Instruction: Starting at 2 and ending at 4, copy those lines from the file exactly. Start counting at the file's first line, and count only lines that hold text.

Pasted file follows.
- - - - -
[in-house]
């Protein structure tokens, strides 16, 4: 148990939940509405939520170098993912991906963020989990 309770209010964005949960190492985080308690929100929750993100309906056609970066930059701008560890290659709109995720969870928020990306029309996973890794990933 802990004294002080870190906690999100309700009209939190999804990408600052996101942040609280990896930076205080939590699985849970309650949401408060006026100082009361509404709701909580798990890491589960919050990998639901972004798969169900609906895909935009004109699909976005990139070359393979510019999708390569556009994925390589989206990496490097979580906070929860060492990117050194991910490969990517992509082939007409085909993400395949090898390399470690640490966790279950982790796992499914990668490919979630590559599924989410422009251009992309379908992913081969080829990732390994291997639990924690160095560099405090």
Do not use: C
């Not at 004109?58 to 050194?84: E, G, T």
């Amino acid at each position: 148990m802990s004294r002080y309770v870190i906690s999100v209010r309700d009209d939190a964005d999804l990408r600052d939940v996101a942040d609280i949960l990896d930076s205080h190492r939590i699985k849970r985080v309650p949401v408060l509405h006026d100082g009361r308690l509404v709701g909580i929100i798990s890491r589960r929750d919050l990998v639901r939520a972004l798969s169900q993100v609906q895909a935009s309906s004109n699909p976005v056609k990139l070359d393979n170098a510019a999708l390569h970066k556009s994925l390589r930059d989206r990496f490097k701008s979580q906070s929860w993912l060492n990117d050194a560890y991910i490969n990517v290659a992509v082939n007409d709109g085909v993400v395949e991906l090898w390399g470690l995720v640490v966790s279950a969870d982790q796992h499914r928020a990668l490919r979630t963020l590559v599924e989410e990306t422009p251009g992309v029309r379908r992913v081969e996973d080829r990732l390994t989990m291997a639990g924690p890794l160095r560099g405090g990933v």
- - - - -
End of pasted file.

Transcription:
């Protein structure tokens, strides 16, 4: 148990939940509405939520170098993912991906963020989990 309770209010964005949960190492985080308690929100929750993100309906056609970066930059701008560890290659709109995720969870928020990306029309996973890794990933 802990004294002080870190906690999100309700009209939190999804990408600052996101942040609280990896930076205080939590699985849970309650949401408060006026100082009361509404709701909580798990890491589960919050990998639901972004798969169900609906895909935009004109699909976005990139070359393979510019999708390569556009994925390589989206990496490097979580906070929860060492990117050194991910490969990517992509082939007409085909993400395949090898390399470690640490966790279950982790796992499914990668490919979630590559599924989410422009251009992309379908992913081969080829990732390994291997639990924690160095560099405090």
Do not use: C
């Not at 004109?58 to 050194?84: E, G, T």